Tuitui by Jack McKinney Architects

Winners announced: 2021 Auckland Architecture Awards

A clear focus on a single element – a crescent-shaped main dining counter – is a breathtaking decision, and is immaculately executed at the new hospitality space in Auckland War Memorial Museum. A limited materials palette accentuates the dramatic green marble top, which is augmented by brass edging. In a clever, highly skilled move, carefully cut mosaics from the same green marble are used to add textural depth to the unit. This is a thoughtful, moody interior, with a warmth and intimacy that fits seamlessly into the existing museum building.

Interior Architecture

The Hotel Britomart by Cheshire Architects

These interiors are love notes to all the ways texture, colour and pattern contribute to the making of atmosphere. Vast sand dunes are evoked in every surface; maunga and rocky cliff faces are conjured by a bespoke burnt wall treatment; and kauri forests are evoked via timber elements. Commissioned textiles invite the touch, and artworks reveal themselves inside cabinetry. With a painterly sensibility, this interior brings Aotearoa New Zealand’s landscapes into the city.

DLA Piper Auckland Office Fitout by Jasmax

Winners announced: 2021 Auckland Architecture Awards

The approach taken here is to gently subvert the rigour of the building’s grid and structural layout to create a seemingly organic and fluid arrangement of timber-lined spaces. Sinuous paths present view shafts to the city and harbour, while informal meeting and work spaces offer opportunities to enjoy the view. A clear delineation between front-of-house and back-of-house does not preclude a strong visual connection between the main office spaces and the views beyond. Staff amenities, including a parents’ room and a well-being room are located discreetly, and add up to a truly 21st-century office.

Chapman Tripp by Warren and Mahoney Architects

Winners announced: 2021 Auckland Architecture Awards

This made-to-measure office creates a lasting first impression through considered and rigorous design. Arrival into the hotel-style lobby is a massive power move; a lightning-fast lift opens into a darkened interior with glimpses of the Waitematā. All surfaces are exquisite, with no expense spared for aged brass, bespoke terrazzo and fluted glass. This rigour carries through to the working areas over three floors, where wood-lined partner offices have been replaced by an open-plan apprentice model.

Commercial Bay by Warren and Mahoney Architects in association with Woods Bagot and NH Architecture

The bustling orchestration that is Commercial Bay carries its many traders across an urban context. Deftly working across scales that move from tower to tile, the architects have made this complex project look easy. The building’s entry axes bring people in on the ground floor and allow them to cross paths in a way that makes the city feel exciting, while natural finishes give this metropolis a sense of place true to its site. Mind-boggling in its many parts and greater than its sum, Commercial Bay is a gestalt of architectural finesse.

Planning & Urban Design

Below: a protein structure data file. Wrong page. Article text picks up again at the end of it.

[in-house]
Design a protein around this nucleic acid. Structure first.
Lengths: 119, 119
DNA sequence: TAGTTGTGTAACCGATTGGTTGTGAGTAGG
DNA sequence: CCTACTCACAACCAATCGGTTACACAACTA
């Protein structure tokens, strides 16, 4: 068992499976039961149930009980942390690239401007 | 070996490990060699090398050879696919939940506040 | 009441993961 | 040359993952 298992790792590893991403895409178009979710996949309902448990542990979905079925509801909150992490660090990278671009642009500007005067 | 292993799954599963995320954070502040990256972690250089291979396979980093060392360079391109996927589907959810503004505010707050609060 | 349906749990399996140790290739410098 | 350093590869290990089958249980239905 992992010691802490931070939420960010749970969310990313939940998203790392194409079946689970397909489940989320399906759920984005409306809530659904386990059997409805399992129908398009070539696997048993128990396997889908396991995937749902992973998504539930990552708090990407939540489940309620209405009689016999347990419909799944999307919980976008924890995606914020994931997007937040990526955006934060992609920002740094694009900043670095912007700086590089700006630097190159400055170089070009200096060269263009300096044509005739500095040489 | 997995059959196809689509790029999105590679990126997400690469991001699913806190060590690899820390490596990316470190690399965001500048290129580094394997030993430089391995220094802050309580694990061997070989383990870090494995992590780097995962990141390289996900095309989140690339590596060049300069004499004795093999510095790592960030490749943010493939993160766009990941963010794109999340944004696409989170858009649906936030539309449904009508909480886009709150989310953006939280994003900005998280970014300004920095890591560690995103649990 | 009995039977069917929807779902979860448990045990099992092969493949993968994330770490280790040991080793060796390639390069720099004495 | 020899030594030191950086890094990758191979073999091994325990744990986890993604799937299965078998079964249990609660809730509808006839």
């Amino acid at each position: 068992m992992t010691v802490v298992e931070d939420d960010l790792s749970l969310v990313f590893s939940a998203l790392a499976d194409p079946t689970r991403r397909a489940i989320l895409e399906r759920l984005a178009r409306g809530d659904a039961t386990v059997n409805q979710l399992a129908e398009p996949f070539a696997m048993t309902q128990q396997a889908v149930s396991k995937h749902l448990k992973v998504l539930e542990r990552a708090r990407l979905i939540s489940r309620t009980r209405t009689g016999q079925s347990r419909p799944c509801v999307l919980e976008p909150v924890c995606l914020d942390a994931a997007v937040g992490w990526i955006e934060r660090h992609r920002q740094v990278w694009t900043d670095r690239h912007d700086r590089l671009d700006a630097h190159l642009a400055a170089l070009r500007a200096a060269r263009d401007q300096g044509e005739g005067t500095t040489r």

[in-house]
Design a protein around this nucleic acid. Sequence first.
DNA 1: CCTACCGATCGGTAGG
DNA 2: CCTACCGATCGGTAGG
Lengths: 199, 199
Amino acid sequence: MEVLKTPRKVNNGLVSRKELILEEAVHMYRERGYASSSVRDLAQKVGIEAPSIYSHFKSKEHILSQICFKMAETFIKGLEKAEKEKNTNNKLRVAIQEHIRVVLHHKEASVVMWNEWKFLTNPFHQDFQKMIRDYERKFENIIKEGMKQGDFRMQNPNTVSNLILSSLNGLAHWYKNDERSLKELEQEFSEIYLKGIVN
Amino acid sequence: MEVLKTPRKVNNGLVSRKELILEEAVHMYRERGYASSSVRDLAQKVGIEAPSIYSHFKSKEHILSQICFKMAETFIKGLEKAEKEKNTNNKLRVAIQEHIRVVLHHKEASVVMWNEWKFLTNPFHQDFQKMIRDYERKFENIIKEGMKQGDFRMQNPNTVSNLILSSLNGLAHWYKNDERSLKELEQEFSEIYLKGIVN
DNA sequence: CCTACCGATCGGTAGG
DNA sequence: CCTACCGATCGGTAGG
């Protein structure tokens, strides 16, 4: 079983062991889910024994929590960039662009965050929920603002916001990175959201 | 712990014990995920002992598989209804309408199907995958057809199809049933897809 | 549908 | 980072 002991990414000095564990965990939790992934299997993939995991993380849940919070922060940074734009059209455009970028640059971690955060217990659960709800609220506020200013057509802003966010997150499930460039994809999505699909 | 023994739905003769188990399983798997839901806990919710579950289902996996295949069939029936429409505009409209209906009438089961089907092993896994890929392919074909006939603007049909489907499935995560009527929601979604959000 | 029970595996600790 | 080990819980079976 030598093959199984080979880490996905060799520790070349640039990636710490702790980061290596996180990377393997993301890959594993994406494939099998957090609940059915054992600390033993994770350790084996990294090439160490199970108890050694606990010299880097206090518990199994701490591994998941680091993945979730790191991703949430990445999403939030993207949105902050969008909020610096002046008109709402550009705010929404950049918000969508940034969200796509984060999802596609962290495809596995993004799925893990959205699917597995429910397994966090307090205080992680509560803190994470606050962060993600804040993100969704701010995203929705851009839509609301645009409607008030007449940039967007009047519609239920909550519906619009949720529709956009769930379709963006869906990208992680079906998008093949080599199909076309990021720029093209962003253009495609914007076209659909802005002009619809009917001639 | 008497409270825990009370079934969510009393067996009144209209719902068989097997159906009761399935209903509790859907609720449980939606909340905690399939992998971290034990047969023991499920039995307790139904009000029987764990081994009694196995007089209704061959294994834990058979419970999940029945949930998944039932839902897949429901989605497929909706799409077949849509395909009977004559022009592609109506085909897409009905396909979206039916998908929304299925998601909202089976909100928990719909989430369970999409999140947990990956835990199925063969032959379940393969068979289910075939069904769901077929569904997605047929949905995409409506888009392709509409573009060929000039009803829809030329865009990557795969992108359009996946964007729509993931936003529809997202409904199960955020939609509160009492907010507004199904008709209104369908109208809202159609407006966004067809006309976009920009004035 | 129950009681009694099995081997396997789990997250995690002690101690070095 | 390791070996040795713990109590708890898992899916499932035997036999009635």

Long Bay Village Centre by Architectus

Winners announced: 2021 Auckland Architecture Awards

Simply put, Long Bay Village Centre feels like it has always been there. It is a masterclass of urban design and planning that considers everything across all scales, from main streets to downpipe placement. The architects have expertly worked with the land contours to plan plazas, courtyards and streets around a well-proportioned building mass, where the apartments and offices above shops contribute to the urban grain. The architecture has various forms and angles that avoid predictability, and the palette will allow this township to age gracefully and become a unique coastal destination.

Public Architecture

Te Rau Aroha Museum with Tahuaroa Function Centre by HB Architecture

Winners announced: 2021 Auckland Architecture Awards

Te Rau Aroha Museum tells the story of the 3600 men who served in the 28th Battalion, also known as the Māori Battalion, during the Second World War. These men are honoured in the building’s pensive mass, which evokes the beliefs that took these men so far away from home without promise of return. A monolithic form protects these stories, while inside they are commemorated through darkness and light. The gallery is sombre and shadowed, while the remembrance space is bright in honour of life and service. Outside the ātea is inscribed with radiating rings, representing the ways that single actions can have significant effects. The building protects the memories of these men, so we can all remember them with mana and aroha.

Auckland War Memorial Museum Tāmaki Paenga Hira, Te Ao Mārama and Cenotaph Galleries by Jasmax, FJMT and designTRIBE architects

Te Ao Mārama marks the arrival of an inclusive and collaborative approach to the storytelling of Tāmaki Herenga Waka. The new South Atrium renovation brings balance to the original European architecture, and embeds mana whenua and Pacific narratives into the museum’s civic spaces. Tikanga now guides welcome, arrival, orientation and kai. New boulevards connect Te Ao Mārama to the Māori Court, and the tanoa bowl form is fully realised with exquisite detailing. External works enhance the pedestrian experience of arrival and provides views to significant landforms. Te Ao Mārama sets a new precedent and lays down a challenge to all who visit it to see their museum, and their heritage, afresh.

Tiaho Mai Acute Mental Health Inpatient Unit, Middlemore Hospital by Klein

Winners announced: 2021 Auckland Architecture Awards